My question is about customer verification when they come to customer service( by call or chat). The customer service agents always do the verification by asking 2 or 3 questions (email, home address etc) in order to avoid fraud. This is useful. But I dont think it must be done every time. When a customer asks about their order status by giving the order ID verification is not necessary since the orderID is enough to verify them. I think, do the 2-3 questions (or more) verification if only it is related to financial issue or more serious matters. Am I right? or is there any better idea for customer verification system ? Thank you
This is a double issue, which should not be taken lightly: user experience versus security. A trade-off should be found. The constraint is that a minimal standard of security has to be met.
The method to find the best balance requires that you step back and make a little risk assessment.
What is the nature of the threat? Clearly, you want to avoid fraudulent impersonation, but what is the context? (This is not the same if you are within a corporate firewall or outside. I suppose your service is accessible from everywhere with chat or phone. But if you have a small circle of users your staff can get to know personally, this is different from a large one; also it depends how your framework is already protected from wiretapping, hacking, etc. Also, could you be targeted by hackers for particular reasons?).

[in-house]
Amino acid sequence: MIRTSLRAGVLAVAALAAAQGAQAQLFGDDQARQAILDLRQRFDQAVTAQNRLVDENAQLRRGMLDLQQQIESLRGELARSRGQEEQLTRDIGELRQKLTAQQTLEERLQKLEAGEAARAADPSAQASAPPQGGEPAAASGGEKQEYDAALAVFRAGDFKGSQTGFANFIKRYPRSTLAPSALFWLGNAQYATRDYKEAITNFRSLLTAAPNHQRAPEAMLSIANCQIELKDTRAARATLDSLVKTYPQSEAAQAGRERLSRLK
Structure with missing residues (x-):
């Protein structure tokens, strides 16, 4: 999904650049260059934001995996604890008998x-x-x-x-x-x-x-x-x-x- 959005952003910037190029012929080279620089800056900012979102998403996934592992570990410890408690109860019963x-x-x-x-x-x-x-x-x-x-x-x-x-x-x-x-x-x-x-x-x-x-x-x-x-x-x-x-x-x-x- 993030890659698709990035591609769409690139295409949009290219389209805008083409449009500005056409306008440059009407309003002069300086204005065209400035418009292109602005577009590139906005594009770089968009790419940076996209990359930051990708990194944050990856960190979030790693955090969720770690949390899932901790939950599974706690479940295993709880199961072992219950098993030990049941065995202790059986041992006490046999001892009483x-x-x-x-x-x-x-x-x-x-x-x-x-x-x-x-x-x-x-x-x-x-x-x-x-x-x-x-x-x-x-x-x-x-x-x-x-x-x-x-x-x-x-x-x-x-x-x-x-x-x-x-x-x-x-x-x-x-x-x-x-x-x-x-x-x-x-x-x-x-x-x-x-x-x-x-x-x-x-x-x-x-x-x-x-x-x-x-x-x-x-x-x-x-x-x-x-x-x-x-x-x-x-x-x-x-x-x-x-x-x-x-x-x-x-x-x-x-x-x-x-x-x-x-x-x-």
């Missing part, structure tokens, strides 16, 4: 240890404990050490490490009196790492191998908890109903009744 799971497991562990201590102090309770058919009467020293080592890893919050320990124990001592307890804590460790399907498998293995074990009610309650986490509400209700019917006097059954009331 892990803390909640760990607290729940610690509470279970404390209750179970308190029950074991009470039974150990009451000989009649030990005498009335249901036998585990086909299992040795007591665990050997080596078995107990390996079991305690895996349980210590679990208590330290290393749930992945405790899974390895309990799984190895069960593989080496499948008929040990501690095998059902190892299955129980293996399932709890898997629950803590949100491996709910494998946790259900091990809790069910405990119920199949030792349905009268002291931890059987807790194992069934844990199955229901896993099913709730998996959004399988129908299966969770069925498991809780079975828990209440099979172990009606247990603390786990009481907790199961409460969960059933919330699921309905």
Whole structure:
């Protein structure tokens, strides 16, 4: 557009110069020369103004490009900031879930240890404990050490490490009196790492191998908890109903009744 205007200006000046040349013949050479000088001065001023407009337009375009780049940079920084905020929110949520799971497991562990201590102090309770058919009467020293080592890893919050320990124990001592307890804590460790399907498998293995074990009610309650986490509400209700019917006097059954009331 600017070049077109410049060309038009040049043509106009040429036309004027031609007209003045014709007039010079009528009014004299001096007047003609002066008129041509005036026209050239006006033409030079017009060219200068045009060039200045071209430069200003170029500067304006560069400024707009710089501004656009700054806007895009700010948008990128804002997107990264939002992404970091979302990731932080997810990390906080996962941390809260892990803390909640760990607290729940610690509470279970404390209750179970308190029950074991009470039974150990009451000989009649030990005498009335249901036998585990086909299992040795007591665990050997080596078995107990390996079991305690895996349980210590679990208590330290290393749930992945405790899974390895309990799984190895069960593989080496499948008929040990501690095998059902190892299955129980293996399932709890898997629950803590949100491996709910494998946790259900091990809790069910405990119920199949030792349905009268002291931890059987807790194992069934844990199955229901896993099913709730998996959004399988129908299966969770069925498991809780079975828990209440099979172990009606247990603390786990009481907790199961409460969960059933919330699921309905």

What is the frequency (volumes per day, etc.)? The question is not the same if you have 5 users a day or 10'000. On a similar line, can we assume the interaction should be as short as possible, from 5 to 30 minutes? Or are sessions allowed to be long, up to 1 hour or more? Also, is it expected that the users call you often, or should it be an exceptional circumstance?
What is the impact if the threat (fraudulent impersonation) materializes? Try to evaluate it in terms of (as applicable):
- Financial: Direct financial loss
- Operational: Wasted time and resources
- Legal: payout to client, fines, court cases, etc.
- Reputational: Public image (is your brand already very popular, etc.?)
What are your resources to defend against the threat? In particular what data or indicia do you already have concerning the caller's identity? (Phone caller id can be useful, but as long as you use it as a weak indicia, not a strong one, etc.). What do you have in your toolkit (e.g. double authentication with a mobile phone, ), etc.? What is your company willing to spend (next to nothing, or do you have a budget)?
That may sound complicated but it could take ten minutes. Hopefully, the issue should become crystal clear after that and -- within your resources -- you might find your bright idea to make the user experience better.
(Plus, if you have taken notes of this an put it in a good place, you may able to defend your company and yourself against accusations of negligence, should something bad happen).
How about verifying the user based on the phone number they're using? Ideally, the call center brings up the caller's data when the call center agent answers the phone.
This should cut down on the questions needed to avoid fraud.